4 New Hacking Tactics You Need To Know About
If you or your business is connected to the Internet, it's only a matter of time before you end up on the hit list of cyber criminals. Why? Data is king in this digital age. Information like passwords, email addresses, home address, and financial information is attractive to cyber criminals. With this information, criminals can sell it to the highest bidder on the dark web. Cyber crime is forever evolving. This year, not only will you have to watch out for large scale cyber attacks that target the companies that hold your data, you will also need to be on the lookout for cyber attacks from less tech savvy individuals looking to make a quick buck, and cyber crime that directed to you personally. What can you do to keep yourself safe from this new rage of attacks? Follow these tips.
1. Rose Phishing. One of the most common ways of hacking a personal or business computer is phishing emails. In case you don't know, 'phishing' is the art of tricking an email recipient into giving up information from a fake email posing as a legitimate email. The most common phishing emails are fake invoices, emails that look like the come from large companies or even your friends that will trick you into giving up your personal information or clicking on a link that takes you to a web site that will break into your computer or device. Now with many large data leaks and the information contained in your social media accounts, hackers can now create phishing emails that are designed just for you. Let's say you go on a business or personal trip and post that information on social media. A criminal can create an email stating that is a problem with your flight or they could create one saying you left items at the hotel you were staying. It would be very tempting for you to click on that link.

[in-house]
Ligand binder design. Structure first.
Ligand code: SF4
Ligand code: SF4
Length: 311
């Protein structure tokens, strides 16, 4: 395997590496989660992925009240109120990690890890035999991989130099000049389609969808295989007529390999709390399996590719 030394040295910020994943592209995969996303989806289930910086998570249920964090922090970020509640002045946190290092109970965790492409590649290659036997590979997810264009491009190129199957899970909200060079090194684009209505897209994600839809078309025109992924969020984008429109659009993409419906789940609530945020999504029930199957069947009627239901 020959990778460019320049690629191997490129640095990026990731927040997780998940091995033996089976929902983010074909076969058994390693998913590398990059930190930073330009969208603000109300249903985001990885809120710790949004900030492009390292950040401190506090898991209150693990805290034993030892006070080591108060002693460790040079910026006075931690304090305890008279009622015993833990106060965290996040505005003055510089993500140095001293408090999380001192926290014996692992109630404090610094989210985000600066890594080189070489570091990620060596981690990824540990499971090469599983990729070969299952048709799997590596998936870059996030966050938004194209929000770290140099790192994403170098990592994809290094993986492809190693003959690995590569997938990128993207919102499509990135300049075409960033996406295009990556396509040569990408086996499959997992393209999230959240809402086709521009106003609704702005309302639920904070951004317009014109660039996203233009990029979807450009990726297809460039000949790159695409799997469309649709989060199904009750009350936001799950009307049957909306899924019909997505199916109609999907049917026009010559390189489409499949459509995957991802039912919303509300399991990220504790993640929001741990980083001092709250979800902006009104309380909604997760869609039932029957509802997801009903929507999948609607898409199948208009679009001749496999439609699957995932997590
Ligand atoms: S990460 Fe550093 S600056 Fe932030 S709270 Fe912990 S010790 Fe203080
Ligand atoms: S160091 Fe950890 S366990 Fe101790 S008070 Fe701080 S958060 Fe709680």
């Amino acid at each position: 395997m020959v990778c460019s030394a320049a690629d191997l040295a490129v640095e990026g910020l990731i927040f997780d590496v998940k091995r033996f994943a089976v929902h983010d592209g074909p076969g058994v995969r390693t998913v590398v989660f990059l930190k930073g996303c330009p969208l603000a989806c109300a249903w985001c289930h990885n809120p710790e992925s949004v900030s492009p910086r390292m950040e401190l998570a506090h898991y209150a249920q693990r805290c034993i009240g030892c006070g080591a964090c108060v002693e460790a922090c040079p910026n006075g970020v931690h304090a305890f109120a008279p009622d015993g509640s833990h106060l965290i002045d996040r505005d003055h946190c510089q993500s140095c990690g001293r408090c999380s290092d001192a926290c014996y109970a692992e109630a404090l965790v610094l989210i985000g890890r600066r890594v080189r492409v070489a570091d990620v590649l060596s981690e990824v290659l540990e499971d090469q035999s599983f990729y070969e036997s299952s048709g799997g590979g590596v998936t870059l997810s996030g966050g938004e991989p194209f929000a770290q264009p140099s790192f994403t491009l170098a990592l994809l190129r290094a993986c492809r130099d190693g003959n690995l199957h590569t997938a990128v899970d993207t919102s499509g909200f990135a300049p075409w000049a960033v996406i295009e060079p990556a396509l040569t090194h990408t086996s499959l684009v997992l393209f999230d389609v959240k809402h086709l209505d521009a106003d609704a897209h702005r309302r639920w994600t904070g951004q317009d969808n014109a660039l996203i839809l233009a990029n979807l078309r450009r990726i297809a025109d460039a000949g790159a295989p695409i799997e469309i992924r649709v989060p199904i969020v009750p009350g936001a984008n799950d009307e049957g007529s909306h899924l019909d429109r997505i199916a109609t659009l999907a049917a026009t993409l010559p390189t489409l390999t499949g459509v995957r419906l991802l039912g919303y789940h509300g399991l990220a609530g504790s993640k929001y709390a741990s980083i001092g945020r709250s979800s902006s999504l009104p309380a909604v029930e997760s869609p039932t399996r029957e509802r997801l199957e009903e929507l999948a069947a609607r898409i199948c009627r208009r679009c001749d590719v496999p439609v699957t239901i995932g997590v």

Prevention: Take your time and examine all of your emails to make sure it isn't a scam. It would be helpful for you to take the email phishing scam test by visiting https://phishingquiz.withgoogle.com/
2. Mobile Device Malware. More people are relying on mobile devices like smartphone and tablets and less on computers. Cyber-criminals are aware of this. Apple device users don't have to worry so much. Apple does an excellent job of securing their devices and making sure malicious software doesn't make it to the app store. Android users should be on the lookout however. The Android environment is designed to be more open. Users can easily make changes to the operating system and just about anyone can upload apps to the Google Play store. It makes for a very dangerous environment because it's easy for criminals from all levels to design emails and apps designed to damage your devices.
Prevention: Always take precautions when downloading apps for the app store and surfing the web on your devices. Check the reviews in the Google Play store to see if the apps you're downloading are legit. People will leave reviews on apps that are bogus and have infected their devices.